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ABOUT SHEPHERD’S BUSH

Shepherd's Bush is bounded by Hammersmith to the south, Holland Park and Notting Hill to the east, Harlesden, and Kensal Green to the north and by Acton and Chiswick to the west. White City forms the northern part of Shepherd's Bush. Shepherd's Bush comprises the Shepherd's Bush Green, Askew, College Park & Old Oak, and Wormholt and White City wards of the borough.

HISTORY OF SHEPHERD’S BUSH

The name Shepherd's Bush is thought to have originated from the use of the common land here as a resting point for shepherds on their way to Smithfield Market in the City of London. An alternative theory is that it could have been named after someone in the area, because in 1635 the area was recorded as "Sheppard's Bush Green".

Evidence of human habitation can be traced back to the Iron Age. Shepherd's Bush enters the written record in the year 704 when it was bought by Waldhere, Bishop of London as a part of the "Fulanham" estate. 

Like other parts of London, Shepherd's Bush suffered from bomb damage during World War II, especially from V-1 flying bomb attacks (known as "doodlebugs" or "buzzbombs"), which struck randomly and with little warning. 

On 13th April 1963, The Beatles recorded their first-ever BBC Television broadcast at Lime Grove Studios in Shepherd's Bush. The group returned in 1964 for a further recording. Lime Grove Studios was demolished in 1994 to make way for residential accommodation. 

More recently, the White City bus station is housed in the redeveloped Dimco Buildings (1898), Grade II listed red brick buildings which were originally built in 1898 as a shed for a London Underground power station. The Dimco buildings were used as a filming location for the ‘Acme Factory’ in the 1988 film Who Framed Roger Rabbit? and later served as the interior of the British Museum in The Mummy Returns.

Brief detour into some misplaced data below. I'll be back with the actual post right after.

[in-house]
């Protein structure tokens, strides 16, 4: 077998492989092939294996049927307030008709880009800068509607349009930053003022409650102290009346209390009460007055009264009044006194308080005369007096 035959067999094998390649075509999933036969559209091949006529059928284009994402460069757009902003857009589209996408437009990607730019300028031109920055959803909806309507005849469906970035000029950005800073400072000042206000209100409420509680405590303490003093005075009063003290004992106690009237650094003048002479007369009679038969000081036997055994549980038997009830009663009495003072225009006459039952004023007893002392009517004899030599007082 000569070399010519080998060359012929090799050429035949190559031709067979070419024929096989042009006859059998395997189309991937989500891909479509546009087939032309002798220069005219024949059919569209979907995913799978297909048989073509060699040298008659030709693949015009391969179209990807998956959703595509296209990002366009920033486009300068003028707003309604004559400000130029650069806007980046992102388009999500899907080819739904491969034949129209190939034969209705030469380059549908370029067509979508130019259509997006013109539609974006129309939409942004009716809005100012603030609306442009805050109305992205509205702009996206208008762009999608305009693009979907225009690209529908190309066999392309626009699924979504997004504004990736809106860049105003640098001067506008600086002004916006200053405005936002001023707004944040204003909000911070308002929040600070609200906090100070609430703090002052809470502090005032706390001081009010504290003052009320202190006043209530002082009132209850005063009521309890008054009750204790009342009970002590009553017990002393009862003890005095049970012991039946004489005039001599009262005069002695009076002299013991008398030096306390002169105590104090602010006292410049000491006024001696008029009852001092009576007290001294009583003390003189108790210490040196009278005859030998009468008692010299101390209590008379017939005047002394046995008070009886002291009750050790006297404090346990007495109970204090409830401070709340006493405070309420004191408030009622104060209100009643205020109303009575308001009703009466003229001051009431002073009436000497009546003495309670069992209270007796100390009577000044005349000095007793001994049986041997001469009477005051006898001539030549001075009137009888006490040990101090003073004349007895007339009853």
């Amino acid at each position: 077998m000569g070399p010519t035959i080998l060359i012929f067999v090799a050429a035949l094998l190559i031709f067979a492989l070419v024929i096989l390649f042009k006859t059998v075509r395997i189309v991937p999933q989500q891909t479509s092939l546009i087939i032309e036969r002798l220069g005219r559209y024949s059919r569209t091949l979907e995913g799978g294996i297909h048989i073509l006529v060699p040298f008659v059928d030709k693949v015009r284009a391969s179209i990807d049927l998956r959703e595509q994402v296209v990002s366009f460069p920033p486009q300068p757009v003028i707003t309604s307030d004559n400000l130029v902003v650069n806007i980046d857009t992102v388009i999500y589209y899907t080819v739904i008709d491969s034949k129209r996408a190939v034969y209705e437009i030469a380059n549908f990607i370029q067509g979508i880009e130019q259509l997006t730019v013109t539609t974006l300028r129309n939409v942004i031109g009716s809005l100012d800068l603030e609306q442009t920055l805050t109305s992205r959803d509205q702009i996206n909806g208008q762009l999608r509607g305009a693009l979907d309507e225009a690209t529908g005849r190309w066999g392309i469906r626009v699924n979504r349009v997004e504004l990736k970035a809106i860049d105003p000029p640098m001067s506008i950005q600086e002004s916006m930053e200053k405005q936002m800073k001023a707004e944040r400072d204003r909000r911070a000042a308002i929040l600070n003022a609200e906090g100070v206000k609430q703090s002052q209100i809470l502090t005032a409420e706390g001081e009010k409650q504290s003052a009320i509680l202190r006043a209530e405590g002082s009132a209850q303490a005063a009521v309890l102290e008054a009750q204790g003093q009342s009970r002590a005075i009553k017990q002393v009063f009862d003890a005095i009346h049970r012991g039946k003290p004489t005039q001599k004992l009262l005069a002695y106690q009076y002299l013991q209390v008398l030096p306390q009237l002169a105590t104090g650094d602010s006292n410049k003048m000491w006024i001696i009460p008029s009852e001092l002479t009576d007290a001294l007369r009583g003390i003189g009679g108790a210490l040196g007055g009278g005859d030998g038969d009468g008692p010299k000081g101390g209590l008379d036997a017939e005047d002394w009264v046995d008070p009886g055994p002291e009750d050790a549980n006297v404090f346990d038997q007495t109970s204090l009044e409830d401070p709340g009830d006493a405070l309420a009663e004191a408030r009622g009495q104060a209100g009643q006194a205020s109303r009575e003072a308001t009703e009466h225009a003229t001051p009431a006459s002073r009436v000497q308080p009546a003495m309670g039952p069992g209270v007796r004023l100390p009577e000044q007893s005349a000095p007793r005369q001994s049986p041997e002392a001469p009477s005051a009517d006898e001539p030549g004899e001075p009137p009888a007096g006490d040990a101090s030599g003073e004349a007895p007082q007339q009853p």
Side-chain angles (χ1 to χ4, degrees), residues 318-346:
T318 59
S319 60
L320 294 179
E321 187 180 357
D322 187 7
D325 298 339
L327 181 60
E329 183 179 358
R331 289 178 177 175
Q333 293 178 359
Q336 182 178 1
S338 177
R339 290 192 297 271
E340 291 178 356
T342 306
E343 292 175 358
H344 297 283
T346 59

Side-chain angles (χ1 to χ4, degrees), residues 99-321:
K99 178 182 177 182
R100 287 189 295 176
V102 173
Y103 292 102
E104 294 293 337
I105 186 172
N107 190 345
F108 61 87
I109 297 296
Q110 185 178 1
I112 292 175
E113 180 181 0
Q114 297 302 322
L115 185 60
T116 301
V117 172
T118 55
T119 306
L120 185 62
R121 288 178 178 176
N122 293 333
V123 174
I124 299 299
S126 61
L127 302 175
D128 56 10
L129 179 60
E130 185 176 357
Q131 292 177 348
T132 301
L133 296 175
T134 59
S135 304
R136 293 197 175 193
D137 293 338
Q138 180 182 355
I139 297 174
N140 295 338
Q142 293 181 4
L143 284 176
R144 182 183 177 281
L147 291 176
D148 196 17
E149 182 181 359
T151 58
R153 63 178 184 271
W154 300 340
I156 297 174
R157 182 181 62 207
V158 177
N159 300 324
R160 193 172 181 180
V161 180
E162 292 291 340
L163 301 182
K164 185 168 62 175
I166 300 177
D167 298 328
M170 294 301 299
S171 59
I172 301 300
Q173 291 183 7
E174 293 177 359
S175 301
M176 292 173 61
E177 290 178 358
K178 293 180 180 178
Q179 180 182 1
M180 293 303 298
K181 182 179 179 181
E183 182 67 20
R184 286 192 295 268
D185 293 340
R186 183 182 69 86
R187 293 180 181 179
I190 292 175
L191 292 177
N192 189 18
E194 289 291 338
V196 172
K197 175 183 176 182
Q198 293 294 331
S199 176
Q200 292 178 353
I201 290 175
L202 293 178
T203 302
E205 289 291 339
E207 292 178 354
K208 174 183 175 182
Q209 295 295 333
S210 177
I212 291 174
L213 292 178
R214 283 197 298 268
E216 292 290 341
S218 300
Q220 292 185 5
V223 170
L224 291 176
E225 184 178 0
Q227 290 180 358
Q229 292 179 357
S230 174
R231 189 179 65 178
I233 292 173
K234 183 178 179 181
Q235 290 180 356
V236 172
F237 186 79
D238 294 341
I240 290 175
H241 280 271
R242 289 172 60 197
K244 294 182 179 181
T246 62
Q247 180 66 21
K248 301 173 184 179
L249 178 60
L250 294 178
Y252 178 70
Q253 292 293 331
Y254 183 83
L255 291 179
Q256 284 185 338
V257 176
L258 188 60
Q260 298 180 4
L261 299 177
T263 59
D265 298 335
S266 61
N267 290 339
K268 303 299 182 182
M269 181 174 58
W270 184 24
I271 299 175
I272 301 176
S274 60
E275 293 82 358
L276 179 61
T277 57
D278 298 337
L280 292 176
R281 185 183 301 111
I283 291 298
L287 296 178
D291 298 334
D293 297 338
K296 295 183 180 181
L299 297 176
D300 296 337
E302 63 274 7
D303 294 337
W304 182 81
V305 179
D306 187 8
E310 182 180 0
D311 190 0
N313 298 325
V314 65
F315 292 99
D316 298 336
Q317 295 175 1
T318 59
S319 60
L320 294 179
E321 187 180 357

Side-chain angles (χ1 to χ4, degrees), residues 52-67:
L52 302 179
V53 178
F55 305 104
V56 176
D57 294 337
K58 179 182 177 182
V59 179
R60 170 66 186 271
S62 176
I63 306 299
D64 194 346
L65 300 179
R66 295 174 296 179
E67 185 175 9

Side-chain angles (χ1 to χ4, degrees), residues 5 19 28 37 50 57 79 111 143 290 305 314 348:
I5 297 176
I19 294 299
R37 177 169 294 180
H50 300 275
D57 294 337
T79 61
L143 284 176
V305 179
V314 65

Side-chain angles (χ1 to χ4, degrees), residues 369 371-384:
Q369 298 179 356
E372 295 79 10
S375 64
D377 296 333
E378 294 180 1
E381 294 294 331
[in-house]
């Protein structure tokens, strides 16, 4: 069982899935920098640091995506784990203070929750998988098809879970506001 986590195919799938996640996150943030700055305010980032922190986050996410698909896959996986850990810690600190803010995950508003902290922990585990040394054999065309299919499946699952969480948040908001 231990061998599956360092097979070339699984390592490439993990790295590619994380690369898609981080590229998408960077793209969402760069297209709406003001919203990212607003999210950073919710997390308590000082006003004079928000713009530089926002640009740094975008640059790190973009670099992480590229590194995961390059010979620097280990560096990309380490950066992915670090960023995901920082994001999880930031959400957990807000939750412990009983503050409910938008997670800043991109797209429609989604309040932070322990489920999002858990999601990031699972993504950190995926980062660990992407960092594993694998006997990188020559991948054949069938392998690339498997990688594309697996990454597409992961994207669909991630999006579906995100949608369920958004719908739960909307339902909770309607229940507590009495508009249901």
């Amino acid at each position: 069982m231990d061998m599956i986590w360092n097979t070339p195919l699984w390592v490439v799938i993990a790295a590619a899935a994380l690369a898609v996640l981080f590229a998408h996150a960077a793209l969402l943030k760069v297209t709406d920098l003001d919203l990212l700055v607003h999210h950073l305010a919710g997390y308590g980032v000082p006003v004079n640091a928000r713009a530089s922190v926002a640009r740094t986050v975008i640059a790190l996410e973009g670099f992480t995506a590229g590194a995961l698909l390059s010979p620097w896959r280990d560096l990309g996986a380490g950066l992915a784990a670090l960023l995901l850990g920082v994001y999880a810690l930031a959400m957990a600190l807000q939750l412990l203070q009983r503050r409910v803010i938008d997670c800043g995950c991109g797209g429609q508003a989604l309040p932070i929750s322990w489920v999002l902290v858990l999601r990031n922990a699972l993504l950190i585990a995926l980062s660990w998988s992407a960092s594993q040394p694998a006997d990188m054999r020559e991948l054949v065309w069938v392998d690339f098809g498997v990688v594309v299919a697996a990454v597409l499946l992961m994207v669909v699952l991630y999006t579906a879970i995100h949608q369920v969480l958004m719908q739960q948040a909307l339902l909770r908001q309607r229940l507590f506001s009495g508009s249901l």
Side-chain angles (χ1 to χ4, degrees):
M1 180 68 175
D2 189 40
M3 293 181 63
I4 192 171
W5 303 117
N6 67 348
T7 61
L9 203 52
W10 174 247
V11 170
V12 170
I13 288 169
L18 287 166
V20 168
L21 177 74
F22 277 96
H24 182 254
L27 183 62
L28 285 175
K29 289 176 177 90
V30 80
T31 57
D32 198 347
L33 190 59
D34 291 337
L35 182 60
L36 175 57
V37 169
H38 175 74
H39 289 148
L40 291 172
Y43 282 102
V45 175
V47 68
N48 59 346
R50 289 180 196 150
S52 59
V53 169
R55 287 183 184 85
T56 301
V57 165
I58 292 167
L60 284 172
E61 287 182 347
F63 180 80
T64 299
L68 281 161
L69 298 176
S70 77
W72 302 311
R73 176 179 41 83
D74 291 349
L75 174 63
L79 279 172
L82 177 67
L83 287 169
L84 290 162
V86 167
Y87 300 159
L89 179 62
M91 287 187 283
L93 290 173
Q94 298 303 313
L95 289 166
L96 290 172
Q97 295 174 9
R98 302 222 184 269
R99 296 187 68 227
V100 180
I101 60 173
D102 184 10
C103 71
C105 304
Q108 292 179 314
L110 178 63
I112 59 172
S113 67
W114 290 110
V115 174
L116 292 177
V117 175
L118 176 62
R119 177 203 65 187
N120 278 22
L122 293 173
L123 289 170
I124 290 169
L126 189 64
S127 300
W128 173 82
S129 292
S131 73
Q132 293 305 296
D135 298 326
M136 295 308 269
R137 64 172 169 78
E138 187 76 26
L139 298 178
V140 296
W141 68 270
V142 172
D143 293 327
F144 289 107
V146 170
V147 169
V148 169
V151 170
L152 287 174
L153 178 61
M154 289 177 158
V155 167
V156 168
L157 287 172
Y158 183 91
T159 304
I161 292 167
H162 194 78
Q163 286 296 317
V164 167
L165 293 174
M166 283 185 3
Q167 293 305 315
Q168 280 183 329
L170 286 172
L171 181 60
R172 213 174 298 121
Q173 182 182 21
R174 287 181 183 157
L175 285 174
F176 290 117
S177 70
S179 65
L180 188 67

PROPERTY IN SHEPHERD’S BUSH

Shepherd’s Bush has a variety of properties on offer. Originally, there were plenty of Victorian terraces, which have mostly now been divided into flats. There are now many purpose-built and new-build developments, which will be priced well on second sale, making them a great prospect for landlords looking to invest in property in the area.

LIVING IN SHEPHERD’S BUSH

There is masses to do in Shepherd’s Bush, where major venues include the O2 Shepherd’s Bush Empire and also Bush Hall, a restored Victorian music hall. The Bush Theatre shows new plays in a former library, and there are two multiplex cinemas, the Vue Cinema overlooking the green, and another branch inside Westfield.

There are sports pitches at PlayFootball in South Africa Road, close to Queens Park Rangers’ Loftus Road Stadium. And the Holland Park Lawn Tennis Club is half a mile to the east.

SCHOOLS IN SHEPHERD’S BUSH

St Stephen’s CofE Primary School and Miles Coverdale Primary School are both rated “outstanding” by Ofsted, while the government schools watchdog gives Addison Primary School a “good” report.

As for comprehensive schools, Hammersmith Academy has a “good” report from Ofsted, with the behaviour and safety of pupils considered “outstanding”.

Leading private schools Latymer Prep and Upper Schools, St Paul’s Girls’ School and The Godolphin and Latymer School are all within striking distance.